Climate Assessment Findings

         The reported purpose of the Climate Assessment was “to solicit feedback from members of the YouCollege team with regard to practices within the workplace . . . that influenced success in achieving the mission of YouCollege as well as behavior contributing to YouCollege team members feeling valued and evidence of an environment of fair and respectful treatment” (Doc. 38-9 at 2). It provided insights into three categories: organization, leadership oversight and support, and team dynamics.

         The Assessment reported “several organizational issues impeding the success of YouCollege, ” including that “[s]taff is unclear of the roles and responsibilities of various YouCollege positions, ” “[t]here does not seem to be a strategic plan or vision for YouCollege, ” and “the staff does not feel that they can speak honestly and candidly around management” (id. at 2-3). Further, “[s]taff members repeatedly stated that management does not follow the department's procedures, ” and “[a] No. of staff members indicated that the budget is mismanaged” (id. at 3).

         As for leadership oversight and support, “a No. of staff members commented that they had not been properly onboarded when they began their positions at YouCollege” (id. at 4). This left them “unable to answer questions from staff and students” and without “the proper resources to complete projects” (id.). Other staff members reported that two male Success Coaches “routinely received preferential treatment from management” (id.).

         The Assessment discussed “a No. of conflicts” between Jacobs and the Success Coaches, Jacobs and Taylor, and Jacobs and other current and former YouCollege staff members (id. at 7-9). It reported that “Jacobs puts the Success Coaches in the middle of interpersonal issues between herself and Fischer-Kinney, ” and that she “does not model the behavior or follow the same rules she sets for the Success Coaches” (id. at 7). The Assessment also reported “numerous conflicts between Jacobs and Taylor (many of which have been aired publicly)” -- “[e]very staff member interviewed stated that the tension between Jacobs and Taylor [was] palpable” (id. at 9). Further, YouCollege staff disclosed that Jacobs demonstrated “a No. of incidents of unprofessional behavior, ” including making “several discriminatory remarks” about students and potential job candidates (id. at 9-10).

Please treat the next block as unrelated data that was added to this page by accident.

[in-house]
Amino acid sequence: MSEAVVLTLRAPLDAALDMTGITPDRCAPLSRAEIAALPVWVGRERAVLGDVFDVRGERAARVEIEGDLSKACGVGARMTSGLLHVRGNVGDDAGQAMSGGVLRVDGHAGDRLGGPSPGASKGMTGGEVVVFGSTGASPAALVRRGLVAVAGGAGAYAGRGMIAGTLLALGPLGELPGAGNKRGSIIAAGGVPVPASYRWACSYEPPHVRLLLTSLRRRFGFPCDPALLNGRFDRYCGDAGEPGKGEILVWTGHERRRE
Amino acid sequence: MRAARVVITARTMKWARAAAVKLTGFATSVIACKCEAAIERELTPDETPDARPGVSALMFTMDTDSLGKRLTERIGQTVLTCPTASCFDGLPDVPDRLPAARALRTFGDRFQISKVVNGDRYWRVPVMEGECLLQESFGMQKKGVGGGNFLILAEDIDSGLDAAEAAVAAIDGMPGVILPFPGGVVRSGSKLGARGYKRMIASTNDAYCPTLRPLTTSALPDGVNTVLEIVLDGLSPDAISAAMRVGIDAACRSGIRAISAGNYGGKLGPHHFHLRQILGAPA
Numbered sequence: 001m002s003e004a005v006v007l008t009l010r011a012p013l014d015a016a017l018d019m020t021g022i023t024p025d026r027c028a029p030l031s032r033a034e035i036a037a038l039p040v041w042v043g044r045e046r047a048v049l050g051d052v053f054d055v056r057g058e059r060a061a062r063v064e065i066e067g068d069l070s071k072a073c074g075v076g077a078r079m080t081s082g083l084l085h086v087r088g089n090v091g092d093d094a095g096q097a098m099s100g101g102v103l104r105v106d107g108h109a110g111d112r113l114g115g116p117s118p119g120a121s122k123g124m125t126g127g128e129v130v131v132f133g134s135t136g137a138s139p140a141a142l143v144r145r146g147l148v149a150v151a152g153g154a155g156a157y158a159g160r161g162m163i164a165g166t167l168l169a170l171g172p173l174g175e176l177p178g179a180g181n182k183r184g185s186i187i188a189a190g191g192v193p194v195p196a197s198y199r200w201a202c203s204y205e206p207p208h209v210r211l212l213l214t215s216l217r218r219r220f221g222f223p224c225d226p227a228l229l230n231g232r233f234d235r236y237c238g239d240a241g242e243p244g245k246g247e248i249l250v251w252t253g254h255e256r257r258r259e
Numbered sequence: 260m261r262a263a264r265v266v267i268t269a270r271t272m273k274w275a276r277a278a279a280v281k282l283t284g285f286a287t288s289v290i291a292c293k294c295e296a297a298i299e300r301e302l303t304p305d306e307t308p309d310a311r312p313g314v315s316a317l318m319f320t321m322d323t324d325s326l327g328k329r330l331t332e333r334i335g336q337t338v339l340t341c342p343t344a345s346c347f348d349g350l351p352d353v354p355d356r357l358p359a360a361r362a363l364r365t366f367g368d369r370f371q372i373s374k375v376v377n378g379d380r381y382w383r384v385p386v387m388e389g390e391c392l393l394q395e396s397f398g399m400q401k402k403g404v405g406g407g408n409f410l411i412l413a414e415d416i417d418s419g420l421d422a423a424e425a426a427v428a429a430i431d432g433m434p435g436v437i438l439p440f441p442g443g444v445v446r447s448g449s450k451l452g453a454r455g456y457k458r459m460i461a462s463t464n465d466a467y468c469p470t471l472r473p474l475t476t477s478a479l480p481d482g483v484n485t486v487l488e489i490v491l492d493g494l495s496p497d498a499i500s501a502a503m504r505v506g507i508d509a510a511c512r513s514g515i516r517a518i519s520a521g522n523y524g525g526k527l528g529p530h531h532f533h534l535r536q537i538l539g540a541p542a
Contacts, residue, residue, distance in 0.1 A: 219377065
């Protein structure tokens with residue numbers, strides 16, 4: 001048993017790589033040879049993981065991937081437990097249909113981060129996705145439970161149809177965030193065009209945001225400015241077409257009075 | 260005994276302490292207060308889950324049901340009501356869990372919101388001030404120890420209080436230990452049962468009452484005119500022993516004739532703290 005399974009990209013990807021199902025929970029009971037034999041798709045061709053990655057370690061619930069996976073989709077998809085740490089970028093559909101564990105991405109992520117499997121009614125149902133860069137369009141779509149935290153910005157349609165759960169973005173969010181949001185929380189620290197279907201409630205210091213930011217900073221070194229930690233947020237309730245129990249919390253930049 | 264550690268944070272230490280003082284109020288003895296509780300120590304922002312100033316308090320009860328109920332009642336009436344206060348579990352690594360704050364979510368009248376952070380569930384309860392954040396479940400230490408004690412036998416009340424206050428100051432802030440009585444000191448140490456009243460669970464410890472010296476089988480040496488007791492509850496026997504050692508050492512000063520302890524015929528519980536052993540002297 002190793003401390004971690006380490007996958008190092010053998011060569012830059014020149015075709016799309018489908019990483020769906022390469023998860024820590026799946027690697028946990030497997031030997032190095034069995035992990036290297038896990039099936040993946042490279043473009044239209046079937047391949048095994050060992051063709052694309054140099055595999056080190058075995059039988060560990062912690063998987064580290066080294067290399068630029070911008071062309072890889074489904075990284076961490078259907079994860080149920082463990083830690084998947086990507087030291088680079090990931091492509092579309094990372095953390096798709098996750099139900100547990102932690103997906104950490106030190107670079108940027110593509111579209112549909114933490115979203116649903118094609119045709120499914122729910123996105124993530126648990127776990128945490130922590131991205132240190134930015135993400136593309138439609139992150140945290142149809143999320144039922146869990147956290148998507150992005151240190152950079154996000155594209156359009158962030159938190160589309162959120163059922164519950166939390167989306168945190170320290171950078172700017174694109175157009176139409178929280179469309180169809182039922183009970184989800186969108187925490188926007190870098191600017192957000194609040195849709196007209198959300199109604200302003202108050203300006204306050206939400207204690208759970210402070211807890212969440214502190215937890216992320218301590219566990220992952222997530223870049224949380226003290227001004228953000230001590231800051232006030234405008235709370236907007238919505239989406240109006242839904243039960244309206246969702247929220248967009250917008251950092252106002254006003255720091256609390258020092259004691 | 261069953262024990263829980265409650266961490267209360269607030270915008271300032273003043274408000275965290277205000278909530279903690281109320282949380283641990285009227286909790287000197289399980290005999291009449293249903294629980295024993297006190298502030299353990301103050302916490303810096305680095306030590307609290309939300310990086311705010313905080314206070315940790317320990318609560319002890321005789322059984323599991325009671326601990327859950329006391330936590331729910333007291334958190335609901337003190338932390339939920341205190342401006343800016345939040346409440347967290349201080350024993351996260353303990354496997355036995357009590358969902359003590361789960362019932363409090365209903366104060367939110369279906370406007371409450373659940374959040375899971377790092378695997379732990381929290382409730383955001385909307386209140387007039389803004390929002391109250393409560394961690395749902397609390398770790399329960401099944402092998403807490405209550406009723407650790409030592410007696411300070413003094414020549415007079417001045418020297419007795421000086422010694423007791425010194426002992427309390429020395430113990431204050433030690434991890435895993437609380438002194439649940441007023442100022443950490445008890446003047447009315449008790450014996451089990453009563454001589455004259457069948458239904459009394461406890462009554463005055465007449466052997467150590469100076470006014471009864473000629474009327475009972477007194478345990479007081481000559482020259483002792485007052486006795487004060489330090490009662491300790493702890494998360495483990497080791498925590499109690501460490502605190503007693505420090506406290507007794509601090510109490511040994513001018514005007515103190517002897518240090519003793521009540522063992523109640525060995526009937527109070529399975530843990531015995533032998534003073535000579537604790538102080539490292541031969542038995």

The Assessment also found Jacobs violated a variety of UT policies and procedures, including: (1) UT's Confidentiality of Student Records policy and FERPA by sending probationary students letters “meant for other probationary students” and by “ask[ing] staff members to meet with probationary students prior to having received FERPA training, ” contrary to “standard practice” (id. at 6, 13); (2) UT's Access Control policy by “frequently g[iving] her [UT Account Domain] and password information to front desk students to work on projects on her behalf” (id.); (3) UT's Purchasing Card policy by “requir[ing] a front desk student to perform several tasks using her P-card” (id.); (4) UT's Sexual Harassment and Other Forms of Harassment policy by making discriminatory remarks (id. at 9-10, 13); and (5) UT's Standards of Conduct policy by making other inappropriate comments (id.).

         The Assessment concluded that “[t]he current YouCollege leadership is ineffective and is known to leverage bullying and fear tactics when interfacing with staff and students. Equally concerning is the fact that assessment interviews of YouCollege leadership and staff have highlighted that there is little or no respect between management and the staff” (id. at 13). Studer found that the work environment issues “contributed to retention challenges” and also “damaged working relationships with other UT colleges and departments” (id.). She recommended “[d]isciplinary action” for Jacobs and Taylor for their UT policy violations, and “strongly recommended” that the two male Success Coaches be “held accountable for their actions and unsatisfactory performance” (id.). She further recommended that a “clear” organization chart and plan be developed and communicated to YouCollege staff (id. at 14). Finally, she encouraged “a comprehensive compensation analysis for Success Coaches” to be completed “as soon as possible to ensure market competitiveness and proper internal equity for similar positions across” UT (id.).